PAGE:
• Mary E. Morningstar, Ph.D., University of Kansas

41
Interagency Collaboration and Community Services
  • School-business partnerships and linkages exist
    and promote effective employment opportunities
    for students.
  • A process is in place for schools and agencies to
    determine the anticipated service needs of
    students in transition from school to adult and
    community services.
  • Services and supports are available to facilitate
    formal and informal natural support networks and
    community connects for students with
    disabilities.
  • Accurate information about the range of community
    services exists and is available to students and
    families.
  • Mary E. Morningstar, Ph.D., University of Kansas

42
Interagency Collaboration and Community Services
  • Agencies develop written interagency agreements
    to identify roles and responsibilities regarding
    exchanging information, sharing of resources and
    coordinating services.
  • The school district has at least one professional
    responsible for coordinating transition services,
    and in particular, working with outside agencies
    to identify barriers to effective services and to
    plan for improving transition and community
    services.
  • Mary E. Morningstar, Ph.D., University of Kansas

43
Transition Assessment
  • Formal and informal assessment measures are
    available to school staff in order to develop
    transition plans that target post-school goals
    and outcomes (e.g., employment, postsecondary
    education, independent living).
  • Transition assessment procedures are customized
    for each student so that specific information is
    collected regarding student needs, post-school
    goals and individual preferences and interests.
  • Assessment procedures and methods are matched to
    the learning and response characteristics of each
    student.
  • Mary E. Morningstar, Ph.D., University of Kansas

44
Transition Assessment
  • Assessment procedures include multiple and
    ongoing activities and methods that sample
    critical transition behaviors and skills.
  • Procedures are in place to present transition
    assessment results to students, families and
    staff and to incorporate critical information
    throughout the transition planning process.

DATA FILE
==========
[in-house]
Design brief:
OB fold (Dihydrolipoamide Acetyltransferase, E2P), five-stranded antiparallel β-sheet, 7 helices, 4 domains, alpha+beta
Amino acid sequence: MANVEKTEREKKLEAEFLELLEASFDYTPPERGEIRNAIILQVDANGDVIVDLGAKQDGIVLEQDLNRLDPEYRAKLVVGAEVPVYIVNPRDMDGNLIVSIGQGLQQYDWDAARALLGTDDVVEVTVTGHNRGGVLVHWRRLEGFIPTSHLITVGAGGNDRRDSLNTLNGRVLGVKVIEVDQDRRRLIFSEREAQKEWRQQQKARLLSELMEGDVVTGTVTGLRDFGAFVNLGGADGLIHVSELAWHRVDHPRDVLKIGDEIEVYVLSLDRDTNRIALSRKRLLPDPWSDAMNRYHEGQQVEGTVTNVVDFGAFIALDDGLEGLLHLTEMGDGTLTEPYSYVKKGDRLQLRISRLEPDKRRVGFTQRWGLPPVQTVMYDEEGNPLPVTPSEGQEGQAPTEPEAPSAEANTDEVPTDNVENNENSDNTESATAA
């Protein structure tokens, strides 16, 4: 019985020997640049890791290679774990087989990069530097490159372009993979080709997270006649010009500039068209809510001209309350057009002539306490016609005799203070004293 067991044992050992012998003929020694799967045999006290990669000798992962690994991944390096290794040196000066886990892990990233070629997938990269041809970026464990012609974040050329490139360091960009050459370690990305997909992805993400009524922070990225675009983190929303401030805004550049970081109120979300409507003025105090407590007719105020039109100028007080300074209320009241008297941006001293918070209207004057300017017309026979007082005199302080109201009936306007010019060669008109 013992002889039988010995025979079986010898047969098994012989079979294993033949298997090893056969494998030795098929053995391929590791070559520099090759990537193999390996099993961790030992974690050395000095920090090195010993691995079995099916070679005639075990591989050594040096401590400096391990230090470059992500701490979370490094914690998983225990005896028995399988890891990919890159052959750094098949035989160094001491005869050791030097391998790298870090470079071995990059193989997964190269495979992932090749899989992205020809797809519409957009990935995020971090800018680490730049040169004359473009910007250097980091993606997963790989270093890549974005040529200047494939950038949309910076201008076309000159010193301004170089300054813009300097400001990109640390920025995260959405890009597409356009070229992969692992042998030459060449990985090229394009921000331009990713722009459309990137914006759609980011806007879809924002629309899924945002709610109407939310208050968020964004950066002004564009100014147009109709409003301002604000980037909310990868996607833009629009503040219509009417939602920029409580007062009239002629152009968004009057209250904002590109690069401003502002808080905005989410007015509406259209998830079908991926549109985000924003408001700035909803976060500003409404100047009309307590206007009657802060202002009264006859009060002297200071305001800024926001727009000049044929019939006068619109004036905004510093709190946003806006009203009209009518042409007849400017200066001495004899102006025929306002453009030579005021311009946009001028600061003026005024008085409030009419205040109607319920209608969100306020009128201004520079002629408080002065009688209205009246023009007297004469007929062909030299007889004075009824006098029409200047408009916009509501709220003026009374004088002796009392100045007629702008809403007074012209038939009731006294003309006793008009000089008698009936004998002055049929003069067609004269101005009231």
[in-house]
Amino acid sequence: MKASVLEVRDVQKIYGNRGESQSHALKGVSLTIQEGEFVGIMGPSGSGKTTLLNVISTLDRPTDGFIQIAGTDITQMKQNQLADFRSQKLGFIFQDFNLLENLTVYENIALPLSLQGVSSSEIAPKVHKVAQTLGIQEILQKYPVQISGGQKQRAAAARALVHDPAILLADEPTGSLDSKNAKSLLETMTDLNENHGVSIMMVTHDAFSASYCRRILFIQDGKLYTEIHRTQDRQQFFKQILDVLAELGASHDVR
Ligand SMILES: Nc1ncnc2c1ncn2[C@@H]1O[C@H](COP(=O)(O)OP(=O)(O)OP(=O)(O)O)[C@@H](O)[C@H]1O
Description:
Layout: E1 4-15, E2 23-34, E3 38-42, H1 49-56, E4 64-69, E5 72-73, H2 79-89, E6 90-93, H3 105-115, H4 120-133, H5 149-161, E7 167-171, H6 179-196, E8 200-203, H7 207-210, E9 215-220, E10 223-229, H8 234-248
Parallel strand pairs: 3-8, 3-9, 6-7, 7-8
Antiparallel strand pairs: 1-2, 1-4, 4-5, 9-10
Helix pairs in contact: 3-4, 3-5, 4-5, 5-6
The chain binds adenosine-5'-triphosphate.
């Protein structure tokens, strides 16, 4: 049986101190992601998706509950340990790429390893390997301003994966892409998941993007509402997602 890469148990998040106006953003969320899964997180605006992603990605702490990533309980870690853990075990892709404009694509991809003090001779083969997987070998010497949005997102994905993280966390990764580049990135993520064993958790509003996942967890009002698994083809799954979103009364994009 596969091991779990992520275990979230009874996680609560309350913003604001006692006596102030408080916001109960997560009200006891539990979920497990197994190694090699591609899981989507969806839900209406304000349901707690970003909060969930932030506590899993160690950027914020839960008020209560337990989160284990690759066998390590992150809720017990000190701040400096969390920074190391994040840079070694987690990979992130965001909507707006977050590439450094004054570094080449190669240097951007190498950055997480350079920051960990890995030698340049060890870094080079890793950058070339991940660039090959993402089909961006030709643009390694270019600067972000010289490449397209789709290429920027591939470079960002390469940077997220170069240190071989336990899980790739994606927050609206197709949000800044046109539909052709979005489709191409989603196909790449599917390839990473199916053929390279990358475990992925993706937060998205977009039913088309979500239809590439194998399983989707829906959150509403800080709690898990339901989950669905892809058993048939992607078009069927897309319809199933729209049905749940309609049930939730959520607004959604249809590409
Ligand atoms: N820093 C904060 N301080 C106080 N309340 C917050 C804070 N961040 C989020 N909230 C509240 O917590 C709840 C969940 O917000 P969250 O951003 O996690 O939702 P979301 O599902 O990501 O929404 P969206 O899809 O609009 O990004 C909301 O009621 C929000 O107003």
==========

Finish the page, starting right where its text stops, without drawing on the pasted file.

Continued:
• For students graduating or exiting special
    education services, a summary of academic
    achievement and functional performance with
    recommendations for meeting postsecondary goals
    is developed and shared.
  • Mary E. Morningstar, Ph.D., University of Kansas

45
Summary sheet from survey
  • Adding up scores and setting priorities.
  • What can realistically be done?
  • Is the issue systemic?
  • Is the issue administrative?
  • Is the issue one of professional development?

46
Next Steps
  • Im a (teacher, case manager, transition
    counselor) how can I possibly make these types
    of changes?
  • Baby steps pick one thing that you have control
    over.

47
Hudson Example
  • 39 Transition assessment procedure in place to
    present transition assessment results to
    students, families and staff and to incorporate
    critical information throughout the transition
    planning process.
  • Partially achieved eval. review meetings, exit
    meetings (SOP)
  • Baby steps starting with one population
    significantly impaired.

48
Transition Portfolio
  • Resume
  • List of work experiences
  • Pictures on work sites
  • Work site summaries from job coaches/paras
  • References
  • SOP
  • Gmail account
  • Upload all documents so its always there.

49
Local Resources
  • NH DOE Technical Assistance
  • NH Community of Practice (State and Regional)
  • Modnadnock Center for Successful Transitions
  • Transition Resource Network at Strafford Learning
    Center
  • SPDG NH DOE

50
Questions?